Solar Shades Transit Agency From Energy Costs

Forget shade trees and rusty aluminum carports. The bus fleet of the Santa Clara Valley Transportation Authority (VTA), in California, is going to be cooling its engines in style—in the shade of some serious solar canopies. VTA has installed solar parking canopy systems supporting 5,070 SunPower 425-watt high-efficiency solar panels at three of its bus maintenance sites. The systems, which have a combined capacity of 2.1 megawatt (MW), are expected to save VTA $2.7 million in electricity costs over the next 20 years.

Two of the solar installations are located at the VTA’s San Jose facilities, including a 548-kilowatt (kW) system at its Chaboya Division and a 969-kW system at its Cerone Division. The third installation is a 637-kW system at the VTA North Division facility in Mountain View.

image via Santa Clara Valley Transit Authority

The project was made possible by a partnership with SunPower and Wells Fargo, which financed the systems. SunPower will maintain and operate the PV systems over the terms of VTA’s 20-year power purchase agreement. The power produced will offset the electricity demand of VTA’s three bus maintenance facilities, and more than 2,000 metric tons of carbon dioxide emissions each year.

VTA is responsible for bus, light rail and para-transit operations in municipalities including Los Altos, Mountain View, Palo Alto, San Jose and Santa Clara, among others. The solar parking canopy project fits into the broader goals of VTA’s sustainability program, which outlines the organization’s commitment to the conservation of natural resources, reduction of greenhouse gases, prevention of pollution and the use of renewable energy and materials.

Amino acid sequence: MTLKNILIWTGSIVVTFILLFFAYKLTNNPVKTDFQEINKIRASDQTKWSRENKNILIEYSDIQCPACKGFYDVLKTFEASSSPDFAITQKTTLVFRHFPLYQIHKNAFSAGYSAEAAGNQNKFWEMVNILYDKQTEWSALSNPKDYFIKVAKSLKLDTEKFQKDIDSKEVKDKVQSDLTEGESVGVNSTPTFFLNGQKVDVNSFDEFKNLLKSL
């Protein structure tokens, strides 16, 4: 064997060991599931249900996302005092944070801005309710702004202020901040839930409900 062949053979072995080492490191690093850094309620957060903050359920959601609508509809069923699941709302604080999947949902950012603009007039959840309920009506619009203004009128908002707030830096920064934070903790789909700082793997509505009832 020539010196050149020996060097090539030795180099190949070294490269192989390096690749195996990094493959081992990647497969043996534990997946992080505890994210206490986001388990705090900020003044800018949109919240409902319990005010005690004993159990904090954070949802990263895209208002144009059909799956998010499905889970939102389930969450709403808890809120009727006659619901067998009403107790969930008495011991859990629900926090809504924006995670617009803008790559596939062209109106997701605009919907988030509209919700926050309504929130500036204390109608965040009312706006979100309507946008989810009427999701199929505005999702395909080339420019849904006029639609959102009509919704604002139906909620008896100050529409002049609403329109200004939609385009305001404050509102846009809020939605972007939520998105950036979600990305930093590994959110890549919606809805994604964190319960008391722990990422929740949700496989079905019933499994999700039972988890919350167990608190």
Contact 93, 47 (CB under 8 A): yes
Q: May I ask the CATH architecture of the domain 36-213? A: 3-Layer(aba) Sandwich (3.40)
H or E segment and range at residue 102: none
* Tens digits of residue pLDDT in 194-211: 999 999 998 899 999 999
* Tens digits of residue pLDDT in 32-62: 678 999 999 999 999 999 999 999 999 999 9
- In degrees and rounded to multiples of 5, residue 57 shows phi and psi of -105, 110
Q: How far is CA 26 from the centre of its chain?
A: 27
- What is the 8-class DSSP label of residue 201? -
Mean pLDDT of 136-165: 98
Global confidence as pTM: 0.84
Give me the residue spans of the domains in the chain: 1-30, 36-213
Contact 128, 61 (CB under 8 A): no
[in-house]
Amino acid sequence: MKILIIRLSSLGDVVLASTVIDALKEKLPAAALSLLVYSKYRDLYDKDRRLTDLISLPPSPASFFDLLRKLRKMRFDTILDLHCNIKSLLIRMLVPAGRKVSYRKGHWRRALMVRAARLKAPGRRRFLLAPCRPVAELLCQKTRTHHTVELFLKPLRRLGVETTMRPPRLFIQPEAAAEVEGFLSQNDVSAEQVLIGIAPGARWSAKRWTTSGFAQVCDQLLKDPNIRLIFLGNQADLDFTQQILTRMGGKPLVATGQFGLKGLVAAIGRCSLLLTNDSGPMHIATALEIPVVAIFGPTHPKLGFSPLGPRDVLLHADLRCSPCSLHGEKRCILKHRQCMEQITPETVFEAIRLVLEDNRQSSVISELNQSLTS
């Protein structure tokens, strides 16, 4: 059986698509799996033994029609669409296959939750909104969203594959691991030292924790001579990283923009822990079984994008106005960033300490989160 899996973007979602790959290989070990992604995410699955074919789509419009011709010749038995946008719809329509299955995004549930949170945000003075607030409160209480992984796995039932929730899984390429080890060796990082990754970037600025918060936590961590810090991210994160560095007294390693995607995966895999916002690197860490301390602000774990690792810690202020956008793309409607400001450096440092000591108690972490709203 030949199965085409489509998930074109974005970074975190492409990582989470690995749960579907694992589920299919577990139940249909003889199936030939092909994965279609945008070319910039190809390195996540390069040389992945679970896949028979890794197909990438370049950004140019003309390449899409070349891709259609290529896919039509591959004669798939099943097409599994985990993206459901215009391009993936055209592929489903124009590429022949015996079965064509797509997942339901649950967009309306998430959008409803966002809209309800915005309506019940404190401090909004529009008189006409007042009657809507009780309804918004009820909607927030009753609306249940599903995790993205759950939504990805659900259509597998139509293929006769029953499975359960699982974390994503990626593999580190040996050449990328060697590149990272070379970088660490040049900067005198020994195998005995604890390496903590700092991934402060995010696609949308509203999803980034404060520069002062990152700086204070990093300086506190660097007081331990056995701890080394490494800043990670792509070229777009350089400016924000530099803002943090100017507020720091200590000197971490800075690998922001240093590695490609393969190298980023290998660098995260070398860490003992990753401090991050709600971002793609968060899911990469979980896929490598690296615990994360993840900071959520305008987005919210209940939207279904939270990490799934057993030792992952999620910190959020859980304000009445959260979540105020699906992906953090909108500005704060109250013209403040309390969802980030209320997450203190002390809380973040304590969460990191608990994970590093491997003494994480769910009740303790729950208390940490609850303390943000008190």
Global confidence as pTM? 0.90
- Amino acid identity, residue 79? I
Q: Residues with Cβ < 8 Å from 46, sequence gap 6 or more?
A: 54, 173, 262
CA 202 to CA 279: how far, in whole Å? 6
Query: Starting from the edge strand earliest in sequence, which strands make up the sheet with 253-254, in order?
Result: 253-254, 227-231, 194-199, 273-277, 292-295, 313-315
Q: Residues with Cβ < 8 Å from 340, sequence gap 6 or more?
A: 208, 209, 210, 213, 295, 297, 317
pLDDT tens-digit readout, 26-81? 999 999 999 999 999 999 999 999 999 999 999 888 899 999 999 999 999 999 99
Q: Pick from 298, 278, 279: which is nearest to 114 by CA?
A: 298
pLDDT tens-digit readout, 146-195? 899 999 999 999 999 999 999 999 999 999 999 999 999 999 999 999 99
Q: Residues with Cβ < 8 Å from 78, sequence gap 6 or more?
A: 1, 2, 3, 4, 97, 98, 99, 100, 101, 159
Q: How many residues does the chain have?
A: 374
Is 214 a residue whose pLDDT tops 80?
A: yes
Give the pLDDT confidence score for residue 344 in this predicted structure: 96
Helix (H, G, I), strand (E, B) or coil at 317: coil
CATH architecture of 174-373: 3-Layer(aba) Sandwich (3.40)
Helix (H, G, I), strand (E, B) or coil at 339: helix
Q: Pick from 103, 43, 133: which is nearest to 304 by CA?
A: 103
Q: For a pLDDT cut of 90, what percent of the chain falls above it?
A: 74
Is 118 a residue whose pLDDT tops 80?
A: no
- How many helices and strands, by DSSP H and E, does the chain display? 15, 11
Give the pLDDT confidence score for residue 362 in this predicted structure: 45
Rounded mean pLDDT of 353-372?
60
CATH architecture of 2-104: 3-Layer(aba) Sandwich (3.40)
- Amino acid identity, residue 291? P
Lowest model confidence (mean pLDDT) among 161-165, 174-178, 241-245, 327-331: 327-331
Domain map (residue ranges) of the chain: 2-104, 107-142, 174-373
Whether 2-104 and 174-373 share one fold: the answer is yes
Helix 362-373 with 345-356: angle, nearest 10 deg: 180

Lauren Craig is a writer and consultant living in Seattle, WA. She holds an M.S. in International Development from Tulane University, and is co-founder of Sustainable Systems Integrators, LLC., an employee-owned solar energy design and installation firm in New Orleans, LA. She is also certified in PV design and installation by the North American Board of Certified Energy Practitioners (NABCEP).


  • Reply February 13, 2012


    Reporteru00a0Lauren Craig appears to be just another liberal, u00a0trying to shove this panels down the publics throat. u00a0Notice she did not write a word on COST of these panels.nnAlso, u00a0the deal is based on 20 year agreement with Sun Power. u00a0This is kinda silly because there is a good chance Sun Power will be bankrupt within the next 5 years.

    • Reply February 14, 2012


      Thanks for the comment. As the story notes (and as you allude to) this installation was done through a power purchase agreement under which Wells Fargo owns the system. Therefore, the upfront costs to the SCVTA were nil. The agency says the energy itself will actually be less expensive than what it otherwise could have anticipated paying under standard PG&E rates. Difficult to verify that, but reading through the supporting docs for the program, it seems quite plausible. Of course, part of what makes this economically viable for everyone involved are federal and state tax breaks, so there is some cost there to taxpayers. As for SunPower, it may or may not be in business in five years, but if it did go under Wells Fargo (assuming it retained ownership) would find another provider to service the installation.n(Pete Danko, EarthTechling)

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